Women's History Month: HBCU Women Light Up Stage and Screen
Stewart, Pearl, Diverse Issues in Higher Education
When Taraji Henson was nominated for an Academy Award this year for best supporting actress, he celebration rippled beyond Hollywood and into the halls of two historically Black universities. Henson attended North Carolina A&T State University and graduated from Howard University as a theater major in 1995.
Henson, who was nominated for the Oscar for her role in 'The Curious Case of Benjamin Button" but did not win, is one of dozens of female graduates from HBCUs whose names are illuminating marquees all over the country. In films, on W, on Broadway and in community theaters, these grads are not only demonstrating their own talent, but they are promoting the performing arts programs of their respective institutions.
"I've never seen anybody who could occupy their space the way Taraji could. You knew this girl was going somewhere; says Mark Jolin, a professor of acting in Howard's School of Fine Arts.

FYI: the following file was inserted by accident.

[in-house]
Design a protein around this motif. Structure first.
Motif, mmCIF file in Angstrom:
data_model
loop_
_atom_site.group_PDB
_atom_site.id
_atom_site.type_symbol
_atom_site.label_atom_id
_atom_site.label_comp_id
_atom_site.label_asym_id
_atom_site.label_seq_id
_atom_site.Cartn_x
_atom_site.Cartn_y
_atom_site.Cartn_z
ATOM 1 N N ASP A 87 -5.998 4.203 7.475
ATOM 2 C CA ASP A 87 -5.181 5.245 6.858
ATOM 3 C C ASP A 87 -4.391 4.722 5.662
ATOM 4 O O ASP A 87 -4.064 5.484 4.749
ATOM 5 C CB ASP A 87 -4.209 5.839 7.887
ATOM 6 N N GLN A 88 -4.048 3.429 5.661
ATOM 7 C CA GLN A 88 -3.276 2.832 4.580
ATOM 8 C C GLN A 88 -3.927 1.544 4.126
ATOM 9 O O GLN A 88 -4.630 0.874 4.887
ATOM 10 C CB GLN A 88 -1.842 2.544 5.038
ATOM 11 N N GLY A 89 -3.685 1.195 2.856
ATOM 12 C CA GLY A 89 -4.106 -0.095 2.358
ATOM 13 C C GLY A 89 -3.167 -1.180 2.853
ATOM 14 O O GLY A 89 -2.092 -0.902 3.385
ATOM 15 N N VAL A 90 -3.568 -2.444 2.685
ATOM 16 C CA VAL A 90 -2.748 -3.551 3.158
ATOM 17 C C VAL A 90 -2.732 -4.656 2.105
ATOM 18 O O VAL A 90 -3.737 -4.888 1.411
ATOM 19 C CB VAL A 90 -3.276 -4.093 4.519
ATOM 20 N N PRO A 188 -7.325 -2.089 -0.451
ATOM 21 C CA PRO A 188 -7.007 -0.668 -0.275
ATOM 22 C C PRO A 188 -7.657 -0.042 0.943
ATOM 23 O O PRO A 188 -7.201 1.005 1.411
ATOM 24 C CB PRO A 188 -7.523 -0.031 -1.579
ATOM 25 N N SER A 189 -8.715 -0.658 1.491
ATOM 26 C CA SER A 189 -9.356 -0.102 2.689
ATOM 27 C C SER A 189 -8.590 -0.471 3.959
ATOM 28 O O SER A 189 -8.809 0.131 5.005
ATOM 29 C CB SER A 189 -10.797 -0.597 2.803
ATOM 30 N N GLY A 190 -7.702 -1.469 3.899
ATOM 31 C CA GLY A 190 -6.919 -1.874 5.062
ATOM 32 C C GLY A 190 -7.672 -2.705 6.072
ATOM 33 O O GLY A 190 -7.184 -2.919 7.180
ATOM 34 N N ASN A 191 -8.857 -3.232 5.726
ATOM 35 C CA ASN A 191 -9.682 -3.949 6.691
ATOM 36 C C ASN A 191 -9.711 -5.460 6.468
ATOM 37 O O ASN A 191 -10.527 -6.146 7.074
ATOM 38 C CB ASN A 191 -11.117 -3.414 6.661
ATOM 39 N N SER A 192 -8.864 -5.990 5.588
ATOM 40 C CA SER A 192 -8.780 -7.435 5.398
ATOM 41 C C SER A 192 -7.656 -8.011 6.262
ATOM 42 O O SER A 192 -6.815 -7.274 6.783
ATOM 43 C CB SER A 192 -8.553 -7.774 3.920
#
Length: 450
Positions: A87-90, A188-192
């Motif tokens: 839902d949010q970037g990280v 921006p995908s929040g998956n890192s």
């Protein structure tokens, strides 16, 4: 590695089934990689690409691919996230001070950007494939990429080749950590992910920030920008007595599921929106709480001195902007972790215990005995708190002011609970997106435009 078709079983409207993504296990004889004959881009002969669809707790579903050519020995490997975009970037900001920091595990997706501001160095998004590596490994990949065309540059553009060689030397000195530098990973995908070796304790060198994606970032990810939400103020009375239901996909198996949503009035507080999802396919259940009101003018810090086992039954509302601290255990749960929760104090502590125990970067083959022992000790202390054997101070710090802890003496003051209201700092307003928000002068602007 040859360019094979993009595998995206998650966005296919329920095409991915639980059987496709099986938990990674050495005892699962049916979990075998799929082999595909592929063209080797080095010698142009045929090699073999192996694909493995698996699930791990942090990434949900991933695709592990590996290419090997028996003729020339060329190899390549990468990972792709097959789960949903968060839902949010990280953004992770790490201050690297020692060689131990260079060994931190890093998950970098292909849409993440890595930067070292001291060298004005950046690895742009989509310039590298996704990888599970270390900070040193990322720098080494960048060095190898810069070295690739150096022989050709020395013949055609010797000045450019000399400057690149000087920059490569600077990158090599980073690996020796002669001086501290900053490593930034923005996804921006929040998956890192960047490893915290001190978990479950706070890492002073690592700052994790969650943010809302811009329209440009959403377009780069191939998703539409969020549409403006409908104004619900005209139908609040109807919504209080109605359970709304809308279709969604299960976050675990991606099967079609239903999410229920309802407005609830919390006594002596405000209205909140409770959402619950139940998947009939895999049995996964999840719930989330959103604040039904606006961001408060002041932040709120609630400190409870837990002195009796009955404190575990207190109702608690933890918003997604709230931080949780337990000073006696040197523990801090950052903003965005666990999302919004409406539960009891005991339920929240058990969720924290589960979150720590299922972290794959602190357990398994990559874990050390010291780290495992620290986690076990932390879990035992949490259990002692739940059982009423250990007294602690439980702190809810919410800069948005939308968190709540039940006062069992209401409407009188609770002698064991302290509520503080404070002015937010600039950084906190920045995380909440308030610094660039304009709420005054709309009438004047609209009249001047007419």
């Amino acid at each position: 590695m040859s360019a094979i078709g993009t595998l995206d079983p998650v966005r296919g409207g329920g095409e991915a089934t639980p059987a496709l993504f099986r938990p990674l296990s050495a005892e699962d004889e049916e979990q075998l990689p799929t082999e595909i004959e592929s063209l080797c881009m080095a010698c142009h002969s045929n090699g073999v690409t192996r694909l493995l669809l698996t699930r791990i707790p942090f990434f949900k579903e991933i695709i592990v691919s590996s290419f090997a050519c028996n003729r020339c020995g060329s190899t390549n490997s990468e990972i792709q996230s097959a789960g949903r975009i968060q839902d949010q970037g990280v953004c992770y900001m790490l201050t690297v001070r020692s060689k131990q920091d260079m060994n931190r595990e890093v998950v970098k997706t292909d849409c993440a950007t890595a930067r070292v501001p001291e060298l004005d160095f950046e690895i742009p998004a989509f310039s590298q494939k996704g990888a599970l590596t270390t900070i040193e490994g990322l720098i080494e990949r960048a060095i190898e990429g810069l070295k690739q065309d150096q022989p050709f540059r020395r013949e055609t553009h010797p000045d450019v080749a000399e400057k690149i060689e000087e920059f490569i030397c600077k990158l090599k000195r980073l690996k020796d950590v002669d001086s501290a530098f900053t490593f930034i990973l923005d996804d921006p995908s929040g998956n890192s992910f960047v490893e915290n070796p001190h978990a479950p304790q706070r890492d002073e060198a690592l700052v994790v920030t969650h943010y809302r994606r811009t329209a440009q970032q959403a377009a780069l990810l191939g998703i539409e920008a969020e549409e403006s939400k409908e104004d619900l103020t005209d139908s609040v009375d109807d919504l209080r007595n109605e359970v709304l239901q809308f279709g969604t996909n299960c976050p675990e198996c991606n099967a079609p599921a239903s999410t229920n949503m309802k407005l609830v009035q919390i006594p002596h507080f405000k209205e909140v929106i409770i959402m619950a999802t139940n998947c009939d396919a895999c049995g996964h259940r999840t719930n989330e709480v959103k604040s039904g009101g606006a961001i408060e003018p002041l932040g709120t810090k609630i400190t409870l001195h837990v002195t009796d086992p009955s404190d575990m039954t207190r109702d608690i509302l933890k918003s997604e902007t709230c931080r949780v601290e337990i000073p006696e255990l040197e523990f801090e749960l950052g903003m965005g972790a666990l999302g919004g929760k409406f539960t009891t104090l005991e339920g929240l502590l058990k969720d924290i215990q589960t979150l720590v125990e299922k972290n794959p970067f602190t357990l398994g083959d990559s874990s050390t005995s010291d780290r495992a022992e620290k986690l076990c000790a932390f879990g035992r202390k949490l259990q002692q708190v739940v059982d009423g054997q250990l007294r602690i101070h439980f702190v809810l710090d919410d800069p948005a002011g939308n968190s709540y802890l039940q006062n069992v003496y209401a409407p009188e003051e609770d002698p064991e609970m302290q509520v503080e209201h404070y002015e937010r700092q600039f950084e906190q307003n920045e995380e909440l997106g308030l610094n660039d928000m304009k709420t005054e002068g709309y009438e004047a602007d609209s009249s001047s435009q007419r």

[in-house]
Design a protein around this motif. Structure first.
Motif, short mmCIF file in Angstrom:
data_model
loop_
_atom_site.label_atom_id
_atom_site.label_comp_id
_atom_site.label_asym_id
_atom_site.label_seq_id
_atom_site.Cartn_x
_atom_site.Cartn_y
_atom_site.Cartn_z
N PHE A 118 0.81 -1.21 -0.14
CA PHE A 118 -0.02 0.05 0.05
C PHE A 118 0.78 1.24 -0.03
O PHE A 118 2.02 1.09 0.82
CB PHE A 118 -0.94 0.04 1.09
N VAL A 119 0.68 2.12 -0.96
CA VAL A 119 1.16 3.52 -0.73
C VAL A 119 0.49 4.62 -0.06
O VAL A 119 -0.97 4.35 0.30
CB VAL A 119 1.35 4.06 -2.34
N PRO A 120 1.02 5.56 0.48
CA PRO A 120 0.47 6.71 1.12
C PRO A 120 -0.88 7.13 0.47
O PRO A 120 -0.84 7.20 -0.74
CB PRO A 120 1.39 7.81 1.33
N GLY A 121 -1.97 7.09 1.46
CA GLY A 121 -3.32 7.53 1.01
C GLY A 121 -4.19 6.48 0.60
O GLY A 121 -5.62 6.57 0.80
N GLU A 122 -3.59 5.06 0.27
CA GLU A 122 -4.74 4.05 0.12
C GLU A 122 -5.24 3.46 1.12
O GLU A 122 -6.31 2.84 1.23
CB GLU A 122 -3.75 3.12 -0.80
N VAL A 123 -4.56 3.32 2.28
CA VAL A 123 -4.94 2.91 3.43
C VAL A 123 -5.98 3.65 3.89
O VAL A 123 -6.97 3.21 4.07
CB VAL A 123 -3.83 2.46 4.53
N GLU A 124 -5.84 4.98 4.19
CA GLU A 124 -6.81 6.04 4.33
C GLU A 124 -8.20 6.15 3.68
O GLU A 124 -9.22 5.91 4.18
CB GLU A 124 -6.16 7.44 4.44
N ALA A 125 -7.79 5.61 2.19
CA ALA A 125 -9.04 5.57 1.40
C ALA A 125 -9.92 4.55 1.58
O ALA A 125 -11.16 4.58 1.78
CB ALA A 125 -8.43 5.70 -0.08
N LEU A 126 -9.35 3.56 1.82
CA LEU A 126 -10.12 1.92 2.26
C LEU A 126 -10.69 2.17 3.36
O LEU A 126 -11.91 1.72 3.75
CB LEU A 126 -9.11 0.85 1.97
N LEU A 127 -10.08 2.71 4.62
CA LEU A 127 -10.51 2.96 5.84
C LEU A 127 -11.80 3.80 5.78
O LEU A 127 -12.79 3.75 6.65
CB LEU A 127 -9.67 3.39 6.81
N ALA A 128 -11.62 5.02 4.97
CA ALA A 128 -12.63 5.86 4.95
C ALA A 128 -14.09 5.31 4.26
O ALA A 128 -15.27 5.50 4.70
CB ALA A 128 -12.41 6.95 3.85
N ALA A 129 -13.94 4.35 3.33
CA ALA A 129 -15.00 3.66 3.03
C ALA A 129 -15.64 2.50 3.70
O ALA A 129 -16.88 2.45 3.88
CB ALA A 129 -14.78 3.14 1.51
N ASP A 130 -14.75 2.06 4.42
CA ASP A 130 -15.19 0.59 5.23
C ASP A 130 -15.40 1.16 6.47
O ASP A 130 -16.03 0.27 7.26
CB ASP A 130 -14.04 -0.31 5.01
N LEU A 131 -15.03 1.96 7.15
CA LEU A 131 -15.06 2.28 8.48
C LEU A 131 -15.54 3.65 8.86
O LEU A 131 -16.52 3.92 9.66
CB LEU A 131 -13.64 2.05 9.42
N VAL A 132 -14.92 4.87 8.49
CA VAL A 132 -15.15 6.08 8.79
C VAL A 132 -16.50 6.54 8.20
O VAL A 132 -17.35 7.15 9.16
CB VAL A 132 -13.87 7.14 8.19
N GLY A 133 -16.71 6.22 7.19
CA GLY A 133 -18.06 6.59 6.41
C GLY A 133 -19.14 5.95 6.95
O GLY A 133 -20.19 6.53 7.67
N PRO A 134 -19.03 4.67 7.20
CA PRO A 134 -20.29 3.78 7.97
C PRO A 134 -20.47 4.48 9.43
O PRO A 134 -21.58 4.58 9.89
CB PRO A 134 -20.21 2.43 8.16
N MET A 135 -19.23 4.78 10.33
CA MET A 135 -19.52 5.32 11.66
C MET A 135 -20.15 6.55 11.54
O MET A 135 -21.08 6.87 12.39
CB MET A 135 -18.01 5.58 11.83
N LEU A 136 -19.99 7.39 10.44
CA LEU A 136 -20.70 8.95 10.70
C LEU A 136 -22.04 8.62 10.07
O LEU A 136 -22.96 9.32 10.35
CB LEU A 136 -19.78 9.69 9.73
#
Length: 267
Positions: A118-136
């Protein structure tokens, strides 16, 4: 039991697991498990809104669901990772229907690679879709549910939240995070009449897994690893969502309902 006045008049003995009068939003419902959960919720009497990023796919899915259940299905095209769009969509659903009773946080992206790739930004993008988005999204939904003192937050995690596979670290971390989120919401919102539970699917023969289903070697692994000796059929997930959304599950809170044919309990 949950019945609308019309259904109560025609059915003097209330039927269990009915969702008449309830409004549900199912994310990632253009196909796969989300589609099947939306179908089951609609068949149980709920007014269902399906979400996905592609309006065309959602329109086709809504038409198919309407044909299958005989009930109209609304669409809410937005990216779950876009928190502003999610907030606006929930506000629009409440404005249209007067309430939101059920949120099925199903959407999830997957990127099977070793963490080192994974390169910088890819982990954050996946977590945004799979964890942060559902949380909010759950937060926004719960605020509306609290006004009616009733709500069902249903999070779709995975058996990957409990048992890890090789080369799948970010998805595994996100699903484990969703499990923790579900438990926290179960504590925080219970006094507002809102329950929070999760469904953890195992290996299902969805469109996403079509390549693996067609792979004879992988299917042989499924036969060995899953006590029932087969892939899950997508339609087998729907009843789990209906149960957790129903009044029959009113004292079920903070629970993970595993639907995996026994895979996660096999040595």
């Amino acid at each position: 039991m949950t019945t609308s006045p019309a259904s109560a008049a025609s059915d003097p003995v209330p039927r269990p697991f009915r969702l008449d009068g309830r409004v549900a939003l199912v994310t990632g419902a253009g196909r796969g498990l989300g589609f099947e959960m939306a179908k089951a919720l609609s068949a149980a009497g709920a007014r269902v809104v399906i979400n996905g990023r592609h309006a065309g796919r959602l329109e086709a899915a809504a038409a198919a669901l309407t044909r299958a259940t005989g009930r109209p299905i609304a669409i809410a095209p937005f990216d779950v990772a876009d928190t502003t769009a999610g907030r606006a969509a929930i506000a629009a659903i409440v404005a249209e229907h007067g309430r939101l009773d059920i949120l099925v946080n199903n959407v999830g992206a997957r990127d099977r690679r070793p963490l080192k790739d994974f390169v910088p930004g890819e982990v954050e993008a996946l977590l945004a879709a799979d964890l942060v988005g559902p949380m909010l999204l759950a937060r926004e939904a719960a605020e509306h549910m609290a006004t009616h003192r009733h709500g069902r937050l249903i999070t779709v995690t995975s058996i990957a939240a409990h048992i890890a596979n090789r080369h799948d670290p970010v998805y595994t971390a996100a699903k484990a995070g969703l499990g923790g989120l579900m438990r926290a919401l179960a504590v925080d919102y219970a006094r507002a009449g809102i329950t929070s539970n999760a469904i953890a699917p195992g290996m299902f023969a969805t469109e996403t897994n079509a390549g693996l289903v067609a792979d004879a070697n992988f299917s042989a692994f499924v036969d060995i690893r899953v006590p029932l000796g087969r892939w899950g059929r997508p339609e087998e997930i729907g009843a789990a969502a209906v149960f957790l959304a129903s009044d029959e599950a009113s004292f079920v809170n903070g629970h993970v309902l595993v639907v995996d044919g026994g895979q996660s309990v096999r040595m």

Success on stage and screen is not new for Howard grads. Among the best known are sisters Debbie Allen and Phylicia Rashad. Rashad won a Tony for Best Leading Actress in a Play for "A Raisin in the Sun" in 2004, and the multitalented Allen won two Emmys for the hit IV show "Fame."
At Florida A&M University, director of theatre Dr. Valencia Matthews shared in the excitement when former student Anika Noni Rose won a Tony Award for her 2004 performance in "Caroline, or Change:' Rose has since jetted to stardom, co-starring in the movie "Dreamgirls," and she is currently in HBO's 'The No. 1 Ladies' Detective Agency."
Matthews visited with Rose after seeing her on Broadway in "Cat on a Hot Tin Roof" last year with Terrence Howard and Phylicia Rashad. …